– Inability to differentiate between tolerance,
  physical dependence, and addiction
– Fear of regulatory scrutiny
– Time and reimbursement pressures that prohibit
  effective pain assessment and management
          PATIENT BARRIERS
    TO EFFECTIVE PAIN TREATMENT11

– Reluctance to report pain
– Reluctance to take pain medications as prescribed
– Concerns about addiction
– Belief that pain is inevitable and not treatable
– Lack of access to pain management professionals
– Inability to effectively manage the side effects of pain
  medications
– Fear of masking new symptoms
– Cost of pain medications and/or other treatment
  modalities
– Lack of comprehensive insurance coverage for pain
  management
        SYSTEM BARRIERS
  TO EFFECTIVE PAIN TREATMENT12

– Failure to make pain management a high priority
– Lack of a systematic and collaborative approach
  to pain assessment and management
– Absence of accountability for pain management
– Lack of organized pain management teams
– Inadequate reimbursement for pain management
– Regulations and/or legislation that restricts access
  to needed treatment such as the prescribing and
  dispensing of controlled substances
            MEDICATION ADHERENCE

• Medication adherence is an important components
  of appropriate pain management.
   – Nearly three out of four Americans report that they
     do not always take their medications as directed.13
   – Failure to take medications as instructed is not just
     an individual’s problem; it impacts everyone – as
     patients, caregivers, employers, health care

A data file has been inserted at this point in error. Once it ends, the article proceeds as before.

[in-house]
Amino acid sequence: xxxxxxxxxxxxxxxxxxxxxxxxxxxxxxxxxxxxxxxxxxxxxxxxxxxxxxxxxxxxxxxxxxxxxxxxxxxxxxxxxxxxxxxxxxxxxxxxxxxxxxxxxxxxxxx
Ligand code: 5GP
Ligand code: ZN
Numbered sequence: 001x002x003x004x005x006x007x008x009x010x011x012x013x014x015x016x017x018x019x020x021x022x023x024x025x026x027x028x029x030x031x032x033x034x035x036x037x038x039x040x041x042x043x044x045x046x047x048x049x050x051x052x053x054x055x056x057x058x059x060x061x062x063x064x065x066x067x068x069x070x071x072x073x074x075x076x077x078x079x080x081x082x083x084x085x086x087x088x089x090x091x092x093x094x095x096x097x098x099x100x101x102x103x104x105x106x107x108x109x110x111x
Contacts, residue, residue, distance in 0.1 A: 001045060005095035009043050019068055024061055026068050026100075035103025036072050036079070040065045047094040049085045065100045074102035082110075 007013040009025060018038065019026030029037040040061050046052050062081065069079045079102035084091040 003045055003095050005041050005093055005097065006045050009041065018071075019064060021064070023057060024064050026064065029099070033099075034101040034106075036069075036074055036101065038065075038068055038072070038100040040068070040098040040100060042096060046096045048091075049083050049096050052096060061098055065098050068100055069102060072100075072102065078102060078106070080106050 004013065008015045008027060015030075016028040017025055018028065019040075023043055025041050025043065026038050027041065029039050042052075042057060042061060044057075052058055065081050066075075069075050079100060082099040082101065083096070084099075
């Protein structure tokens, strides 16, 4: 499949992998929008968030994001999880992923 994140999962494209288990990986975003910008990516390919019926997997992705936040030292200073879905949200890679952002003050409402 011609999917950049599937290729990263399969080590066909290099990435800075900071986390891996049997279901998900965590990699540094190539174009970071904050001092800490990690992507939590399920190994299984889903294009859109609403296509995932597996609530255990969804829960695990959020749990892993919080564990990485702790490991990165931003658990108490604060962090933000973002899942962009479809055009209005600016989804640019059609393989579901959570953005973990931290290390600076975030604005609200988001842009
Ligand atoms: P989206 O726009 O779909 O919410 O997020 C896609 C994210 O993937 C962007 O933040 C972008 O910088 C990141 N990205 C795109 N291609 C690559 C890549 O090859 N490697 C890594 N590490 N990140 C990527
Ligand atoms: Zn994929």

practitioners, researchers, and taxpayers.
       MEDICATION SAFETY (1/2)

– Some medications have special storage
  instructions, such as keeping out of the heat or
  light. Also, it may be important to safeguard
  medications from those for whom they are not
  prescribed.
– The National Council on Patient Information and
  Education (NCPIE) has developed a resource with
  information on medication safety and storage in
  addition to other safety issues, accessible at
  http://www.learnaboutrxsafety.org/.14
        MEDICATION SAFETY (2/2)

– Medicines should be disposed of properly to avoid
  harm. According to the Food and Drug
  Administration (FDA), almost all medicines can be
  thrown away in the household trash after mixing
  them with some unpalatable substance (e.g.,
  coffee grounds) and sealing them in a container.
  However, some medicines have special disposal
  instructions. You can find this document at
  http://www.fda.gov/downloads/Drugs/ResourcesForYou/Con
  sumers/BuyingUsingMedicineSafely/UnderstandingOver-
  the-CounterMedicines/ucm107163.pdf.15
 MEDICATION ADHERENCE, SAFETY,
  STORAGE AND DISPOSAL GOALS

– Common goals for improving medication
  adherence, safety, storage and disposal are
  through patient information and education, health
  professional intervention, and supportive
  government policies.
– The Bottom Line: People in pain have a right to
  timely and appropriate pain care.
[PERSISTENT PAIN INTERFERES WITH
         EVERYDAY LIFE]
[ACUTE VS. PERSISTENT PAIN]
[CAUSES OF PAIN]
[IMPORT STATISTICS FROM RESOURCES
             SECTION]
[WHAT AND HOW TO COMMUNICATE]
             QUESTIONS TO ASK
           YOUR HEALTH CARE TEAM

•   What is causing my pain?
•   What can be done to make it better?
•   What can I do to help manage my pain?
•   What is the treatment plan?
•   Please tell me about the medications you prescribed
    for me:
    –   What are the medications for and when do I take them?
    –   What effects should I expect?
    –   What should I do if I have side effects?
    –   What if the medicine does not help?
• I would like to discuss setting the goals for my
  treatment plan.
          PAIN MANAGEMENT TIPS

• Take an active role in seeking treatment
• Work with your health care professional to develop a
  program
• Set pain management goals and follow through
• Maintain a balanced lifestyle
• Seek and accept support
• Reinforce your positive attitude and accomplishments
    HOW FRIENDS AND FAMILY CAN HELP

•   Ask about his/her pain
•   Listen to and believe his/her reports of pain
•   Run errands and help around the house
•   Work with him/her to set pain management goals
•   Help him/her to remain positive
•   Ensure he/she maintains a balanced lifestyle
•   Encourage him/her to find support
LOCAL RESOURCES
THANK YOU!